Daily Briefing

Ten Things You Need to Know Today: Monday 7 Sep 2020

1

Johnson claims no-deal Brexit would be a ‘good outcome’

Boris Johnson has set a five-week deadline for the UK and EU to reach a post-Brexit agreement - and said that a no-deal departure would be a “good outcome” for Britain that would allow the country to “prosper”. The Financial Times reports that the UK is planning new legislation that would override the Northern Ireland Protocol, a key part of last year's EU withdrawal agreement.

2

Rise in Covid cases prompts claim government ‘has lost control’

A former NHS public health leader says the government has “lost control” of Covid-19 after the UK recorded almost 3,000 new cases yesterday, a 50% increase in a single day and the highest daily total since May. “It’s become endemic in our poorest communities,” said Professor Gabriel Scally, a former NHS regional director of public health. However, the Office for National Statistic said on Friday that its random testing had found no national increase in cases.

3

Police face backlash for delay on Birmingham stabbings suspect

West Midlands police have been criticised for their failure to produce a description of the lone knifeman who killed one man and injured seven other people in a two-hour rampage through Birmingham city centre before disappearing. Officers began a manhunt after the knife attacks in the early hours of yesterday, but waited 15 hours to release CCTV video and images of the suspect.

4

Deliver justice for Palestinians, Saudi Arabia tells Trump

Saudi Arabia’s King Salman has told Donald Trump that he wants a fair and permanent solution for the Palestinians. Speaking by phone after the United Arab Emirates agreed to normalise ties with Israel, King Salman said the demand was the starting point of the kingdom’s proposed Arab Peace Initiative. Saudi Arabia, the birthplace of Islam and site of its holiest shrine, does not recognise Israel.

5

Typhoon Haishen’s strong winds head to South Korea

South Korea is bracing for the arrival of Typhoon Haishen, which is generating sustained winds of up to 90 mph. Although it passed through Japanese territory without causing major damage or casualties, high winds have already cut power to almost 5,000 households in the southern tip of the Korean peninsula, including the resort island of Jeju.

6

Veterans secretary dismisses Trump's remarks as ‘politics’

Robert Wilkie, the US Veterans Affairs Secretary, has dismissed Donald Trump’s comments about prisoners of war as “politics” and denied the US president would have described fallen US service members as “losers” and “suckers”. Wilkie told CNN: “I judge a man by his actions, and the actions have been beneficial for veterans all across this country in ways that we have not seen since the end of World War II.”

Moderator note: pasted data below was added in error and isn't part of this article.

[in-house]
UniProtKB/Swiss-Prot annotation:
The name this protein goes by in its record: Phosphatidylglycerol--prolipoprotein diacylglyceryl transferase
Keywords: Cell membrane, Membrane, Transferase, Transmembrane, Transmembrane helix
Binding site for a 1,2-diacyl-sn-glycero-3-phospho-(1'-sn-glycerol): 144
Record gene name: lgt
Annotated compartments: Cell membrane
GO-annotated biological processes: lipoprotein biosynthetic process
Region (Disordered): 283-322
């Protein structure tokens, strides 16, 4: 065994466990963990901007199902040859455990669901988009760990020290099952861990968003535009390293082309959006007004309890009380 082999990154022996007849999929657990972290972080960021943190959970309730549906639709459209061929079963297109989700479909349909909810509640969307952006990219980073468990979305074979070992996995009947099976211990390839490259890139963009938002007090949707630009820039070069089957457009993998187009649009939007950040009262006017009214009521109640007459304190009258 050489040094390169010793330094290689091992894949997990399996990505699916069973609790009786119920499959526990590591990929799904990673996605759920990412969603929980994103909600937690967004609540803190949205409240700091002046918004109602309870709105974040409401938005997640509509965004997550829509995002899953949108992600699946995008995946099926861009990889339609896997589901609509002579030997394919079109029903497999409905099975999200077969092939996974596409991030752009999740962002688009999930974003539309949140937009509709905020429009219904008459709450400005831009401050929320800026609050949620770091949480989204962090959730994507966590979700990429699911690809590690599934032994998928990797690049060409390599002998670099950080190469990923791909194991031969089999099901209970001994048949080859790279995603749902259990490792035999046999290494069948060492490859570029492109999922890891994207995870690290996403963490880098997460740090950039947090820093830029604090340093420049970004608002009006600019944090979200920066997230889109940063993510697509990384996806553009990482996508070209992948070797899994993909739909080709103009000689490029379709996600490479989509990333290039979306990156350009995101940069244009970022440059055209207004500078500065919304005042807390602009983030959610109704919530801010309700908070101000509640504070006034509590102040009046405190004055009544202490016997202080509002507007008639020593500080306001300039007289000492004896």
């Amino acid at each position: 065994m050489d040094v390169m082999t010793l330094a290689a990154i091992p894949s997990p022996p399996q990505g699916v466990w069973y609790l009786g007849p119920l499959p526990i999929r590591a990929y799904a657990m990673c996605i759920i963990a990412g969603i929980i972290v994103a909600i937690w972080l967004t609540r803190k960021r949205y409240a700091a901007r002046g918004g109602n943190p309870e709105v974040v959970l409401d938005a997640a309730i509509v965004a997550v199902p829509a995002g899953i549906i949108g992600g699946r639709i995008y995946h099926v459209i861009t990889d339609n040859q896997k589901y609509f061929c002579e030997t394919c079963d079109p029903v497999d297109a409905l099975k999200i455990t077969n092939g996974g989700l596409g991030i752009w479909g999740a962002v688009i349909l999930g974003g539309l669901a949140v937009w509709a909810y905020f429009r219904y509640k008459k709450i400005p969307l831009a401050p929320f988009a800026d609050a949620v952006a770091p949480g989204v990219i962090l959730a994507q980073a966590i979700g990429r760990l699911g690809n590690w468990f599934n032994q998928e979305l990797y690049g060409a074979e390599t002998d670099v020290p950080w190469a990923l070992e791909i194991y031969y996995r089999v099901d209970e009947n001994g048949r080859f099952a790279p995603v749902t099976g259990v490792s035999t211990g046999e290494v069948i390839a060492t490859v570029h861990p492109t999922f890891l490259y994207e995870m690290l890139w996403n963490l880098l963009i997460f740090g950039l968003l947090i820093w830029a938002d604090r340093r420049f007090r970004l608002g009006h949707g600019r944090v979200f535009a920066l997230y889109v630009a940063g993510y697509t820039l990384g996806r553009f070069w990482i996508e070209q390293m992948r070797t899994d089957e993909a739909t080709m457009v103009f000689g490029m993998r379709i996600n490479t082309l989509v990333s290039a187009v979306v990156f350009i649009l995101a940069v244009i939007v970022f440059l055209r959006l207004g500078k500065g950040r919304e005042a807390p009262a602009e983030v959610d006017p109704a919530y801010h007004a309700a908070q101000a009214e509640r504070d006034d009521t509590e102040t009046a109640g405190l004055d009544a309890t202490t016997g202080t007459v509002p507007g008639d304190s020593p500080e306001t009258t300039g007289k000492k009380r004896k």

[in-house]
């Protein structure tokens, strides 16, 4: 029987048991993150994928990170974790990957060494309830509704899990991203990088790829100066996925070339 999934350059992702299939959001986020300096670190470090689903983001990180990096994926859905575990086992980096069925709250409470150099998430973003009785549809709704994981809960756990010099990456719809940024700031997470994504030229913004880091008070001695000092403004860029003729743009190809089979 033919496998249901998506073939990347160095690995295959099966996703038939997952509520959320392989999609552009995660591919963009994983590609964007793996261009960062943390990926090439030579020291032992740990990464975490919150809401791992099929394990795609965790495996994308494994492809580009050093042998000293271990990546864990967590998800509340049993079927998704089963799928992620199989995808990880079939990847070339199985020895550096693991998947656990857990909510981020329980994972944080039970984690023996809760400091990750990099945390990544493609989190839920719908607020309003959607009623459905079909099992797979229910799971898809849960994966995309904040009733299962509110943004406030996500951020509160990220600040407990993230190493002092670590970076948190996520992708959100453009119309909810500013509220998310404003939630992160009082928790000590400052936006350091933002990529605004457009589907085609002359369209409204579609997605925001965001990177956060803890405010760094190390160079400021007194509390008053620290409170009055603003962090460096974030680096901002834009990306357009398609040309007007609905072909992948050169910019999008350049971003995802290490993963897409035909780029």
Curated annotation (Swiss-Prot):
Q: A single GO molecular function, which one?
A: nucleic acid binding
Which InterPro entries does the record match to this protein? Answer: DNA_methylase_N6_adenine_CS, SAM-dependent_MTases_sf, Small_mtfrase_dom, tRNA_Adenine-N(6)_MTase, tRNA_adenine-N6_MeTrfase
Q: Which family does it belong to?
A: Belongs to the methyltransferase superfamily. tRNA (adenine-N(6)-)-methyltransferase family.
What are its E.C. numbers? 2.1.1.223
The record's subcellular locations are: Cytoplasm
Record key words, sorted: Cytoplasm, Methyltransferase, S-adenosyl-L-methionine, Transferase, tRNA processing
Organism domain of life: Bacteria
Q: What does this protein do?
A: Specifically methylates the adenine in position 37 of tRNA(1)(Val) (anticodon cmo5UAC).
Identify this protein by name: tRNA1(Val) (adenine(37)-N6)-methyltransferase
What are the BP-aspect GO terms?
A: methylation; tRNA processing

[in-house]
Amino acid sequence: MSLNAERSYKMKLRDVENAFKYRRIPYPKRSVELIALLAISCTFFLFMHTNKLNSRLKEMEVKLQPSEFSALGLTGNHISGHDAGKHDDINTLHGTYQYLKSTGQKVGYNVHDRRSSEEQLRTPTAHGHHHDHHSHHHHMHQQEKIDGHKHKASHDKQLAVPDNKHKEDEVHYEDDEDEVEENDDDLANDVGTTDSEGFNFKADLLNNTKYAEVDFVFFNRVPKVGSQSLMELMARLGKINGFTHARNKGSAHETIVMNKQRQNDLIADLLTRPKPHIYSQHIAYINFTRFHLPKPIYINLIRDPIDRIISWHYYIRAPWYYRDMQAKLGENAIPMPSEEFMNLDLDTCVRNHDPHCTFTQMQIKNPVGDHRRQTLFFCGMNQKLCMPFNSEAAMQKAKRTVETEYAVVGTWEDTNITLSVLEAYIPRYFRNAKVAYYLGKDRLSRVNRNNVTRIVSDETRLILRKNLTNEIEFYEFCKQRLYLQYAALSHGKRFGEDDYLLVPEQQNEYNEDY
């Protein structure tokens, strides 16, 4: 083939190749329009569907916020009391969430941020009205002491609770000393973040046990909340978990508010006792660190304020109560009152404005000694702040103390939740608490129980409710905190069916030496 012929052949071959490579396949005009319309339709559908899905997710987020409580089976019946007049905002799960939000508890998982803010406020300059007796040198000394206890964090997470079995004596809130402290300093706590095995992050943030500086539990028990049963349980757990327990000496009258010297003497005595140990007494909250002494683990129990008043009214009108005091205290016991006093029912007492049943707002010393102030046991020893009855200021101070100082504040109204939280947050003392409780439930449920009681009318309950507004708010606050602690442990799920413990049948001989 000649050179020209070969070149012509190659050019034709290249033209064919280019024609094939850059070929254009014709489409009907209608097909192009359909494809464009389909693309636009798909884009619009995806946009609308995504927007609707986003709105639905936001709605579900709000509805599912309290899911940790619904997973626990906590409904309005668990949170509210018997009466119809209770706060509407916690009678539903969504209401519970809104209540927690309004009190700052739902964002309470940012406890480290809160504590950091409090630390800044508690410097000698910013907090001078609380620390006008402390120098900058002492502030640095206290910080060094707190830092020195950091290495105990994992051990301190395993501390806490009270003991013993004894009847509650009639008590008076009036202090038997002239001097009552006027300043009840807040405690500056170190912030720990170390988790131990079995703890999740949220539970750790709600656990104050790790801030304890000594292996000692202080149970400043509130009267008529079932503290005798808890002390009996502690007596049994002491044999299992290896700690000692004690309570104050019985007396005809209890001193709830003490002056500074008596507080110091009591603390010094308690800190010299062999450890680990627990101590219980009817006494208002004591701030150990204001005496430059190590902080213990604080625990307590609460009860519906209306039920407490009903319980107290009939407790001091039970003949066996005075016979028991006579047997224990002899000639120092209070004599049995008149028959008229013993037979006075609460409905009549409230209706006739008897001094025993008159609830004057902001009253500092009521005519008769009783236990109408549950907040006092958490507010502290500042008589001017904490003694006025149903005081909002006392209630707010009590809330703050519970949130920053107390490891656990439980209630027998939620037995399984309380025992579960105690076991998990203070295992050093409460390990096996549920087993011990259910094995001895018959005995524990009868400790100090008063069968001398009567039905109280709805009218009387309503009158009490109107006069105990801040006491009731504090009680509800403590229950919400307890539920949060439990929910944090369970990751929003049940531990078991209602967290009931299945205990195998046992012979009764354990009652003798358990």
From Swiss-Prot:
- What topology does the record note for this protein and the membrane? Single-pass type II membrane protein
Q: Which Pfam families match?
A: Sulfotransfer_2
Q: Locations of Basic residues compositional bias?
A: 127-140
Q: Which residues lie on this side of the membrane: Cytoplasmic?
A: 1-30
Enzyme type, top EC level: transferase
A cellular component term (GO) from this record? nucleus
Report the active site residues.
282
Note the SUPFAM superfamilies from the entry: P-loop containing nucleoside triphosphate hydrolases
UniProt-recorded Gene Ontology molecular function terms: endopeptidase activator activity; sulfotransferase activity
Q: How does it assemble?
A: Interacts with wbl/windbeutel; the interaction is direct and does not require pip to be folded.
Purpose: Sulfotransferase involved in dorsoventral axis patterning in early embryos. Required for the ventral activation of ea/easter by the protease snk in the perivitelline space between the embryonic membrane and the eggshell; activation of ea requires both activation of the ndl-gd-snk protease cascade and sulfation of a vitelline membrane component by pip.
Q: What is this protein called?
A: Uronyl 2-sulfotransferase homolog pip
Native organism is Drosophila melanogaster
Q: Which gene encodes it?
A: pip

7

Novak Djokovic out of US open after hitting ball at judge

Novak Djokovic was disqualified from the US Open for hitting a ball at a line judge in his fourth-round match. After losing serve to trail 6-5 against Spain's Pablo Carreno Busta, the top seed took a ball out of his pocket and hit it behind him, accidentally striking the female line judge in her throat. The BBC says he had been the heavy favourite to win the men's singles title at the tournament.

8

Manchester bombings inquiry begins three years on

The public inquiry into the Manchester Arena terror attack begins today, three years after Salman Abedi set off a bomb as people left an Ariana Grande concert on 22 May 2017, killing himself and 22 others. Home secretary Priti Patel said it was “vital that those who survived or lost loved ones... get the answers that they need and that we learn the lessons”. The inquiry is being held at Manchester Magistrates’ Court.

9

Marcus Rashford spars with Conservative MP on hunger

Kevin Hollinrake, the Conservative MP for Thirsk and Malton, has drawn a pointed response from Marcus Rashford after criticising the footballer’s campaign for hungry children. “Where they can, it’s a parent’s job to feed their children,” the MP tweeted. Rashford replied: “I would urge you to talk to families before tweeting.”

10

Arron Banks says Noel Edmonds owes him £1.3m

The wealthy Brexit supporter Arron Banks claims that Noel Edmonds owes him more than a million pounds and has fled to a “lush part of New Zealand” to avoid paying. The insurance boss says he tracked down the broadcaster using private detectives and is serving notice on a debt that was incurred as part of an insurance deal taken out pending the results of a legal case. Edmonds is understood to deny the claims.

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